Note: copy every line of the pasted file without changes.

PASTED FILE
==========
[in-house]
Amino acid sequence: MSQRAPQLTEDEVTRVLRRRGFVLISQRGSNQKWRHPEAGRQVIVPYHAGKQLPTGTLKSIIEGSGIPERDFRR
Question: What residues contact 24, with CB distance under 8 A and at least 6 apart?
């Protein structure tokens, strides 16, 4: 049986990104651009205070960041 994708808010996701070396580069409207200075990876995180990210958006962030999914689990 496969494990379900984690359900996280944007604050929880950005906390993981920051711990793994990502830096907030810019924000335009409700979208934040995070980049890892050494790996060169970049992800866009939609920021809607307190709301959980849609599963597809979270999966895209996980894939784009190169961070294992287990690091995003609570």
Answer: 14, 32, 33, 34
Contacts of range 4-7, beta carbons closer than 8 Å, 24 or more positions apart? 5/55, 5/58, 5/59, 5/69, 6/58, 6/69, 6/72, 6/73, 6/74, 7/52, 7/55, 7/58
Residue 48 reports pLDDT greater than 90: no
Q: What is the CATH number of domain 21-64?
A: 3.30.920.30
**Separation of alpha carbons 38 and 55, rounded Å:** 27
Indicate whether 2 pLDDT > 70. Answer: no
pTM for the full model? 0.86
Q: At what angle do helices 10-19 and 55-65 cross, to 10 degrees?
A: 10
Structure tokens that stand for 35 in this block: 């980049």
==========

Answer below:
[in-house]
Amino acid sequence: MSQRAPQLTEDEVTRVLRRRGFVLISQRGSNQKWRHPEAGRQVIVPYHAGKQLPTGTLKSIIEGSGIPERDFRR
Question: What residues contact 24, with CB distance under 8 A and at least 6 apart?
């Protein structure tokens, strides 16, 4: 049986990104651009205070960041 994708808010996701070396580069409207200075990876995180990210958006962030999914689990 496969494990379900984690359900996280944007604050929880950005906390993981920051711990793994990502830096907030810019924000335009409700979208934040995070980049890892050494790996060169970049992800866009939609920021809607307190709301959980849609599963597809979270999966895209996980894939784009190169961070294992287990690091995003609570």
Answer: 14, 32, 33, 34
Contacts of range 4-7, beta carbons closer than 8 Å, 24 or more positions apart? 5/55, 5/58, 5/59, 5/69, 6/58, 6/69, 6/72, 6/73, 6/74, 7/52, 7/55, 7/58
Residue 48 reports pLDDT greater than 90: no
Q: What is the CATH number of domain 21-64?
A: 3.30.920.30
**Separation of alpha carbons 38 and 55, rounded Å:** 27
Indicate whether 2 pLDDT > 70. Answer: no
pTM for the full model? 0.86
Q: At what angle do helices 10-19 and 55-65 cross, to 10 degrees?
A: 10
Structure tokens that stand for 35 in this block: 């980049």